Editor’s Note: Mossy Oak ProStaffer Bucky Hauser lives in Claudville, Virginia. During the early years of his hunting career, he was a multi-state hunter and often hunted 4 days per week or more from October until deer season ended. He hunted on two farms in Virginia and also Canada, taking many fine bucks and enjoying great outdoor adventures. Bucky lived the hunter’s life we all dream of, but after he turned 40, his hunting focus changed drastically.
The property we hunt right below my house adjoins Primland, a 13,000-acre, 5-diamond resort with a golf course as well as hunting under a strict quality-deer management program. Their property borders mine on two sides, so we benefit from their management program and from ours. I have a food plot planted in Mossy Oak BioLogic Clover Plus. Across the road, I have soybeans.
I was in my stand, being quiet and sitting still when a power-company truck came in and started cutting and clearing the right-of-way on the property. They could see me in my tree stand less than 100-yards away from their chain saws and bush hoggers. They really thought it was funny that I was trying to hunt while they were cutting the right-of-way. When they finally finished and were leaving, they honked their horn, waved goodbye and wished me luck, knowing they had ruined my hunt. I was aggravated beyond belief, because we all knew there wasn’t a deer in his right mind that would come out after all that racket.
However, as night fell, I spotted a deer across the road. He walked in the soybean field, crossed the highway, walked out in another small field and came out in the clover field where I was hunting. When he was about 75-yards from me, I shot him with my muzzleloader. This buck was a little more than a 130-inch 8-point buck. I thought to myself, “This is one of the strangest hunts I’ve experienced.” I was tempted plenty of times to get out of my stand and return to the house when that power company crew was clearing the right-of-way, but I stayed in my stand. I was determined not to let them run me off.
Another strange hunt was a family hunt a few years ago. We had trail-camera pictures of some really-nice bucks. Of course, there’s nothing worse than seeing a picture of a really-nice buck on your property, and a day or two later finding it on the side of the road having been hit by a car. That story was being told over and over again at one spot on the property. There was a point where our soybean field and our corn field almost came together on the side of a creek, with a little flat area beside the creek where deer could walk under the bridge where the highway crossed the creek, or they could go up an embankment and cross the highway. Bucks that were taking the high road and crossing over the highway were getting killed. We decided to sit in a blind close to the creek and try to harvest a buck that probably would get run over if we didn’t take him. When we spotted this buck walking the same trail as other bucks that had been run over, we knew we had to take him. That morning I had taken my wife, Kelly, and my oldest daughter, Taylor, with me. When the buck turned onto the trail across the highway, I shot him with my 7mm-08.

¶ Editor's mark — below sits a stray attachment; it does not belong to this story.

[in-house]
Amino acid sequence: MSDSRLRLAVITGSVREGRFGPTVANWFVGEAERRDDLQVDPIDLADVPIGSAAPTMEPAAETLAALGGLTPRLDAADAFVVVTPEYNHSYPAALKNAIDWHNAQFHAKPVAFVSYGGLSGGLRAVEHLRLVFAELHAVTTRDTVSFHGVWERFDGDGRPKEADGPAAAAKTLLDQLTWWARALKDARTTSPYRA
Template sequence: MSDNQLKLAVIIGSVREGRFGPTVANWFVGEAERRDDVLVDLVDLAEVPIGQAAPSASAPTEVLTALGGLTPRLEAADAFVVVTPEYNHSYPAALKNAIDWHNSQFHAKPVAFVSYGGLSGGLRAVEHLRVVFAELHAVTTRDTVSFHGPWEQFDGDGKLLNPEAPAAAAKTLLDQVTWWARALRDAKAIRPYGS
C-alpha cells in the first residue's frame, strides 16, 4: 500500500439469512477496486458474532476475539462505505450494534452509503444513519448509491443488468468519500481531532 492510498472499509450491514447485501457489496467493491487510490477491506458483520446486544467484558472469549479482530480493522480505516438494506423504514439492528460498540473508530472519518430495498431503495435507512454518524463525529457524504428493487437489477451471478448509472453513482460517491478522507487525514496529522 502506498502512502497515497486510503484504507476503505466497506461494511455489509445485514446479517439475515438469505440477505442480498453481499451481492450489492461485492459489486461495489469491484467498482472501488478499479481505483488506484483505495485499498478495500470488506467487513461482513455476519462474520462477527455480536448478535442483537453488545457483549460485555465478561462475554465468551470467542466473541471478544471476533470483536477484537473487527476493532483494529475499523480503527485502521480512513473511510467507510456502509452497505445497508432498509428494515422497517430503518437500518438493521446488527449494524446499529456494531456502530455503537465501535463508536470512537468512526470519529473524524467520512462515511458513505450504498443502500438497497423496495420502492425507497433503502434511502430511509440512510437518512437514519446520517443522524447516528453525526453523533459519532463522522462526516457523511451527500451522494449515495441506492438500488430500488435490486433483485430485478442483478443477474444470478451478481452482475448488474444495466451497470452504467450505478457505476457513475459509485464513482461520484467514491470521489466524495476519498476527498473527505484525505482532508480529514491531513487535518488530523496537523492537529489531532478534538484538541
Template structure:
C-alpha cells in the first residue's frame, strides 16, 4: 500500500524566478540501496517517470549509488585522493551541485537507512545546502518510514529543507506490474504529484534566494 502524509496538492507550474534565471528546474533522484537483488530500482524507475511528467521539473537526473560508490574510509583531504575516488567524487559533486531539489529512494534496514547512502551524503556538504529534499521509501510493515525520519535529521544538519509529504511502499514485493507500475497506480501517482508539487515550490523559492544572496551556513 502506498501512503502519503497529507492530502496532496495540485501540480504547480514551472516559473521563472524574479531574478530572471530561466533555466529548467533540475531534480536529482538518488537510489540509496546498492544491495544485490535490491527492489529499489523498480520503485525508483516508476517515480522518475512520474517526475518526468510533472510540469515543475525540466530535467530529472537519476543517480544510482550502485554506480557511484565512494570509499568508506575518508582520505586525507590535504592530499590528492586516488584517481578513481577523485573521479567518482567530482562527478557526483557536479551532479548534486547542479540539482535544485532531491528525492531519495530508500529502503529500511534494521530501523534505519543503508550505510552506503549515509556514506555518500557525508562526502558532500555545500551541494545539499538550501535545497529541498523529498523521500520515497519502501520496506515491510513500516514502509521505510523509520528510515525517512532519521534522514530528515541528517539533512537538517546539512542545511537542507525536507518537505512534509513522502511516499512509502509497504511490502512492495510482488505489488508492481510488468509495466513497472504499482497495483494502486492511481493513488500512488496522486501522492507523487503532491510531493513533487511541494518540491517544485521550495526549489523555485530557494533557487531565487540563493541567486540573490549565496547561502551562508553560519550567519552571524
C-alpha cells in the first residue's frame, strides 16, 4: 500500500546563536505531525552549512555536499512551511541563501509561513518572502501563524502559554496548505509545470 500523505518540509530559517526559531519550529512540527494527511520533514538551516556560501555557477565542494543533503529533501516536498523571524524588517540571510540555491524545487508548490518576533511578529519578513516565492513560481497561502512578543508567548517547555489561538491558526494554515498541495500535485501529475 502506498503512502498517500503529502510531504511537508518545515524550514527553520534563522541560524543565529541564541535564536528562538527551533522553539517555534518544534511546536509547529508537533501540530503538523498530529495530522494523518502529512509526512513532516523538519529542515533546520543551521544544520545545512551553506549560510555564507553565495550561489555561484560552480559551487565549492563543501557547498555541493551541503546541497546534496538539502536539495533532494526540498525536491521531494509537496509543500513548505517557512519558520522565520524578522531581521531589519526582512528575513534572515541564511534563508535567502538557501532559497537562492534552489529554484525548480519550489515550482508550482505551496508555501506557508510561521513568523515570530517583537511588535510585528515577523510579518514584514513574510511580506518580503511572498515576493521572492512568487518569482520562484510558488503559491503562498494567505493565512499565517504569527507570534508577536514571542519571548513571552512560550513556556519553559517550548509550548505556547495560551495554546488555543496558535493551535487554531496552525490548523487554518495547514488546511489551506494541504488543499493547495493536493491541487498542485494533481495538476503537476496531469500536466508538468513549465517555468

At one time, I was an avid hunter who hunted 4 days per week for 3 or 4 months during deer season, in 3 or 4 states. But, as I’ve gotten older, my hunting is more about watching my family members and helping them take deer. The purpose of this deer hunt was for my daughter, Taylor, to shoot the deer. My wife and I wanted to be there when she took the deer. Taylor was a muzzleloader fanatic (see Day 4). We took my wife’s Remington Model Seven Youth rifle, and I tried to hand it to Taylor to shoot. But she wouldn’t shoot it, since it wasn’t a muzzleloader. The whole time this buck was walking toward us, Taylor and I were arguing about her shooting the deer. Finally, when the buck was at 40 yards, we couldn’t argue any more without the deer hearing us. My wife was sitting on the other side of Taylor, and I couldn’t pass the rifle over without the deer spotting us. Since it was a nice buck, I took the shot. Instantly, Taylor went skyward screaming, “He dropped right there. He dropped right where he was standing.” Taylor was more excited than I was. This deer scored about 130 on Boone & Crockett.
Just before this hunt, I had a tree stand come apart on me. I fell and hurt my back. I was wearing a safety harness, but I just had unhooked the safety harness from the tree to climb down. The T steps on my climbing ladder broke loose from the main part of the ladder. I crushed my ankle and broke my back in two places. I’ve become a strong advocate for tether lines that now are available to hook onto as you go up and come down the tree, to prevent this kind of accident. I mention this fall, because it happened in September, and this hunt with Taylor and Kelly was in November. I didn’t get to hunt a whole lot that year, but this was such an easy hunt. We just walked down to the river and waited on a buck to appear.
After we took that deer, I continued to recover. Today I’m back to hunting in a tree stand with my Mossy Oak Treestand camouflage. For me, however, hunting with my wife and my daughters has become much-more important than my personal hunting ever was. As a hunter, I believe as we get older and have taken quite a few nice bucks, the fun of hunting with friends and family becomes far-more important than any buck we ever took by ourselves.